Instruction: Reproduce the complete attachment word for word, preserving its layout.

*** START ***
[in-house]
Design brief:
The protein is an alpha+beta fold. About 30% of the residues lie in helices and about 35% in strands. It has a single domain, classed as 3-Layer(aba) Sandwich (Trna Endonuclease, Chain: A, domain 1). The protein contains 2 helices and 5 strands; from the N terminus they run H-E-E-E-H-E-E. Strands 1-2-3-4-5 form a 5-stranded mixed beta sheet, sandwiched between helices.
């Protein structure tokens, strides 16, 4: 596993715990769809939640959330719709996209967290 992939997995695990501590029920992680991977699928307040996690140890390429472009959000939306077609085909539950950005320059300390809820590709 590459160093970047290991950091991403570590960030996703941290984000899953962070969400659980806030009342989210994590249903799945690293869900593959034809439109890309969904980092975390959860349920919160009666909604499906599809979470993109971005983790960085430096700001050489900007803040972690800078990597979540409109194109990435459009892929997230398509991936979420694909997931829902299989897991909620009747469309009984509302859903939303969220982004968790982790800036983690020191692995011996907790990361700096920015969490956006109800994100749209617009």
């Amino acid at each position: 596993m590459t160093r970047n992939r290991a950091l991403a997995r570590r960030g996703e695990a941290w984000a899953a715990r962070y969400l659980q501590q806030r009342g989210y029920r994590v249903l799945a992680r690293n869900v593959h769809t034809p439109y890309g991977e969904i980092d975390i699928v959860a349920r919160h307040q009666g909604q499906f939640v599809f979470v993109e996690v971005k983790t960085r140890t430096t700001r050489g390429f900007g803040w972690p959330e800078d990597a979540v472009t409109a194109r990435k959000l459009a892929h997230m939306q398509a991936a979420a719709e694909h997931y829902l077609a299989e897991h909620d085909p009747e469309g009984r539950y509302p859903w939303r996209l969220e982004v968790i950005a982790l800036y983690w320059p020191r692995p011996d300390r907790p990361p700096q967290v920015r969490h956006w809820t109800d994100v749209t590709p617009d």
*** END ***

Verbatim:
[in-house]
Design brief:
The protein is an alpha+beta fold. About 30% of the residues lie in helices and about 35% in strands. It has a single domain, classed as 3-Layer(aba) Sandwich (Trna Endonuclease, Chain: A, domain 1). The protein contains 2 helices and 5 strands; from the N terminus they run H-E-E-E-H-E-E. Strands 1-2-3-4-5 form a 5-stranded mixed beta sheet, sandwiched between helices.
């Protein structure tokens, strides 16, 4: 596993715990769809939640959330719709996209967290 992939997995695990501590029920992680991977699928307040996690140890390429472009959000939306077609085909539950950005320059300390809820590709 590459160093970047290991950091991403570590960030996703941290984000899953962070969400659980806030009342989210994590249903799945690293869900593959034809439109890309969904980092975390959860349920919160009666909604499906599809979470993109971005983790960085430096700001050489900007803040972690800078990597979540409109194109990435459009892929997230398509991936979420694909997931829902299989897991909620009747469309009984509302859903939303969220982004968790982790800036983690020191692995011996907790990361700096920015969490956006109800994100749209617009």
């Amino acid at each position: 596993m590459t160093r970047n992939r290991a950091l991403a997995r570590r960030g996703e695990a941290w984000a899953a715990r962070y969400l659980q501590q806030r009342g989210y029920r994590v249903l799945a992680r690293n869900v593959h769809t034809p439109y890309g991977e969904i980092d975390i699928v959860a349920r919160h307040q009666g909604q499906f939640v599809f979470v993109e996690v971005k983790t960085r140890t430096t700001r050489g390429f900007g803040w972690p959330e800078d990597a979540v472009t409109a194109r990435k959000l459009a892929h997230m939306q398509a991936a979420a719709e694909h997931y829902l077609a299989e897991h909620d085909p009747e469309g009984r539950y509302p859903w939303r996209l969220e982004v968790i950005a982790l800036y983690w320059p020191r692995p011996d300390r907790p990361p700096q967290v920015r969490h956006w809820t109800d994100v749209t590709p617009d």